Sunday, January 25, 2009

Twitter and blogger: a dangerously powerful SEO combination

So I noticed something peculiar when looking at the analytics of my blog. No, it wasn't a bunch of traffic -- very few read this blog and I'm fine with that. What was odd was the google search some people were using to find my blog.

Right now if you search google for
innovation creating jobs
you get my blog posting as the top hit. I've had others search as well so this doesn't seem to just be an incident of google tailoring results for the sake of my vanity.

A couple of conjectures of why this might be happening (it clearly isn't the appropriate top hit).
  1. I'm using blogger. Perhaps google is over weighing content that is produced with their tools.
  2. I twittered about the post. Could google actually be using the full google juice of twitter behind each link twittered?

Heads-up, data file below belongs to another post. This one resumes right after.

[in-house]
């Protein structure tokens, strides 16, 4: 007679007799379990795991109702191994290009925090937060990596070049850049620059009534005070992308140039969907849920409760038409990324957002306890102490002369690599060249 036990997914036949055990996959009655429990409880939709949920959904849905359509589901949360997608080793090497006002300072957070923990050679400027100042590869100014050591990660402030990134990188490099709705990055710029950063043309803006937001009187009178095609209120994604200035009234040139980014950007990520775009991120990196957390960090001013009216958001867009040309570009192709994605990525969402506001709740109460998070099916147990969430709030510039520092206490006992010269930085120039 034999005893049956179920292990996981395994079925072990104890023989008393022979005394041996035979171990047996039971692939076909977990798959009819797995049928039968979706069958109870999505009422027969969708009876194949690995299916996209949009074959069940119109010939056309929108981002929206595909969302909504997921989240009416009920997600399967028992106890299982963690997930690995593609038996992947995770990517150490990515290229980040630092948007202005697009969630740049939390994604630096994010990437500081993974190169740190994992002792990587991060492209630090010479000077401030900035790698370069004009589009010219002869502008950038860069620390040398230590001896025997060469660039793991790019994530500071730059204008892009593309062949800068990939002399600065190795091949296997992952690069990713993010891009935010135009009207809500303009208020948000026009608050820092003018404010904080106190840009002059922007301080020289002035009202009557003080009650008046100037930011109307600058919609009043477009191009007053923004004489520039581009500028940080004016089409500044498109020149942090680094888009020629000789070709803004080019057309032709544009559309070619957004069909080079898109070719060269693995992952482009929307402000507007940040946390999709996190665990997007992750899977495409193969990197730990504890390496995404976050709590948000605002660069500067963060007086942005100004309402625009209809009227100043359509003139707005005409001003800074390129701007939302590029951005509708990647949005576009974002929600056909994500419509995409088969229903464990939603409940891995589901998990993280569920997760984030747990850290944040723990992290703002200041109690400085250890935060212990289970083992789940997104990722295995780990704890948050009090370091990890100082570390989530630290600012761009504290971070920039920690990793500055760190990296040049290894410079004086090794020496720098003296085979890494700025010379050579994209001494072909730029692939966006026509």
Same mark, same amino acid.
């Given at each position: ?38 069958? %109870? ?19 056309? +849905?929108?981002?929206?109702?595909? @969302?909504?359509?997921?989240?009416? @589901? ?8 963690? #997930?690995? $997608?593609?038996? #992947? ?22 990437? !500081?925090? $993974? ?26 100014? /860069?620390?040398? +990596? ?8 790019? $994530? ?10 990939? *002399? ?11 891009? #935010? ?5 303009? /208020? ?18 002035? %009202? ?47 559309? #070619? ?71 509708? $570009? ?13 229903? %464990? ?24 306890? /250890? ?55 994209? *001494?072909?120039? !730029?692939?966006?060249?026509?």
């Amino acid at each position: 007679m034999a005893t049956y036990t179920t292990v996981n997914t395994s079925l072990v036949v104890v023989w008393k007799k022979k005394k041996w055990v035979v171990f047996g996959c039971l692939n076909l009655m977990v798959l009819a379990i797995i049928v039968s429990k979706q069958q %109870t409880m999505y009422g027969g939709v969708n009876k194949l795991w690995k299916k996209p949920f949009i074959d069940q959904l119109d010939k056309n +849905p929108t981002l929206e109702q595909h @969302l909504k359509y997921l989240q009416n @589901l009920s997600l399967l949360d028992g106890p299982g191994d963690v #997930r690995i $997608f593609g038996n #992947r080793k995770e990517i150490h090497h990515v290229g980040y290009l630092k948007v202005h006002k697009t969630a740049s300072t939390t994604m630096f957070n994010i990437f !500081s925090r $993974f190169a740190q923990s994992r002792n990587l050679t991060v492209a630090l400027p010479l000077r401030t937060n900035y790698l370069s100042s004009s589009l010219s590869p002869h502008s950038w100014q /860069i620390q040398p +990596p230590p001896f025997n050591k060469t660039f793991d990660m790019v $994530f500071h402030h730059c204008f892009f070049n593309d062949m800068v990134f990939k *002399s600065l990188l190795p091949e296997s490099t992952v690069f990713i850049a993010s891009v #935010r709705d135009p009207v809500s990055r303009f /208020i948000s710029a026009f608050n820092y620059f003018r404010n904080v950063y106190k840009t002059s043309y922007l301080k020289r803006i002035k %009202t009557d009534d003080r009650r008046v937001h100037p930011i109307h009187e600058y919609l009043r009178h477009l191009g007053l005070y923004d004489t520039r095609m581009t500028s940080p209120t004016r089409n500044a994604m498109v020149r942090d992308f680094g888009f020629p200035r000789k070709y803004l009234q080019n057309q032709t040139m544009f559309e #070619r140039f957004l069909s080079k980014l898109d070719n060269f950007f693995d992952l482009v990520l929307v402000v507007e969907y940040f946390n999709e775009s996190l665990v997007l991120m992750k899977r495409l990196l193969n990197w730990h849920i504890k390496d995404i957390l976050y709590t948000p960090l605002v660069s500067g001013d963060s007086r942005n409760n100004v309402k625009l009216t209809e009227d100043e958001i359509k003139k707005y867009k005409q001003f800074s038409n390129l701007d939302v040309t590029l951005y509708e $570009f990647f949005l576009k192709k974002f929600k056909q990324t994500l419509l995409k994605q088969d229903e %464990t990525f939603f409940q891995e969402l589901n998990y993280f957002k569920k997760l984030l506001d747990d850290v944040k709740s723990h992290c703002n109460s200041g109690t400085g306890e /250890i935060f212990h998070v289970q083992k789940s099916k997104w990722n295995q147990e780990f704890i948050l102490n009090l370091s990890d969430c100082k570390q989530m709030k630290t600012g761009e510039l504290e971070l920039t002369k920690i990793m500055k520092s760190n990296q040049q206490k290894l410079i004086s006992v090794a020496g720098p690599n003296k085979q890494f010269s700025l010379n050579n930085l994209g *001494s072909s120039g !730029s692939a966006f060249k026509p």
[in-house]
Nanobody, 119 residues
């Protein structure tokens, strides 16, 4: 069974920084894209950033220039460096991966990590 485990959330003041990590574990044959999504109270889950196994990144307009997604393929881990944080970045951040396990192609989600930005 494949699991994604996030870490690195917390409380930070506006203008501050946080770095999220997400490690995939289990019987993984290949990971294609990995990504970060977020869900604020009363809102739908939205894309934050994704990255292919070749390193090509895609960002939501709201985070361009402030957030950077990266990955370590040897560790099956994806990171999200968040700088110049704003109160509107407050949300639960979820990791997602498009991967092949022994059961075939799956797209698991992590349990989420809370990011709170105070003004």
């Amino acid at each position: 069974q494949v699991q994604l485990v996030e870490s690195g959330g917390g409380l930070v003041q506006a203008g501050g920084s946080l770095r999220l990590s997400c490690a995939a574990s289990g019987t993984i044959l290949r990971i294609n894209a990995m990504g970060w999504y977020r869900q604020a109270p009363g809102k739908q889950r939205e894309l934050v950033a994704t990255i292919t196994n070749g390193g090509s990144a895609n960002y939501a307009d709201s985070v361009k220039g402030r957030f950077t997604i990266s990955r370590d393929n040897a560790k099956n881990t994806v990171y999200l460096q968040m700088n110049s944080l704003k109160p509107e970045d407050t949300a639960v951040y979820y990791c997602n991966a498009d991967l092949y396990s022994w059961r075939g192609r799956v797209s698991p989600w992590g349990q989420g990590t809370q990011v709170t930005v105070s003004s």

3. A high percentage of the people who read my blog read through google reader. Maybe google is using google reader as some sort heuristic which they multiply out to determine general readership.
Am I missing anything? Which of these seem most likely to you?

3 comments:

Avi said...

Twitter links are nofollow, so it's not that...

Julian Fitzell said...

As I mentioned to you already, my blog shows up right at the top of the second page when googling for "vancouver olympic tickets". Clearly a weird result given that I only posted a quick post mentioning that they were available.

There are a few other searches that bring me near the top of the first page and, again, just because I happen to have written one post on the topic: check out "teenage voting", for example.

I can confirm (also) from Analytics that these pages are getting no more than a hit or two per day and all coming from Google searches.

Weird...

Steven H. Noble said...

Perhaps the issue is these results aren't wrong. Maybe it's our assumption that the internet is like an infinite amount of monkeys at an infinite amount of type writers. I'm starting to come around to the idea that there a lot more unclaimed ideas out there than I initially thought.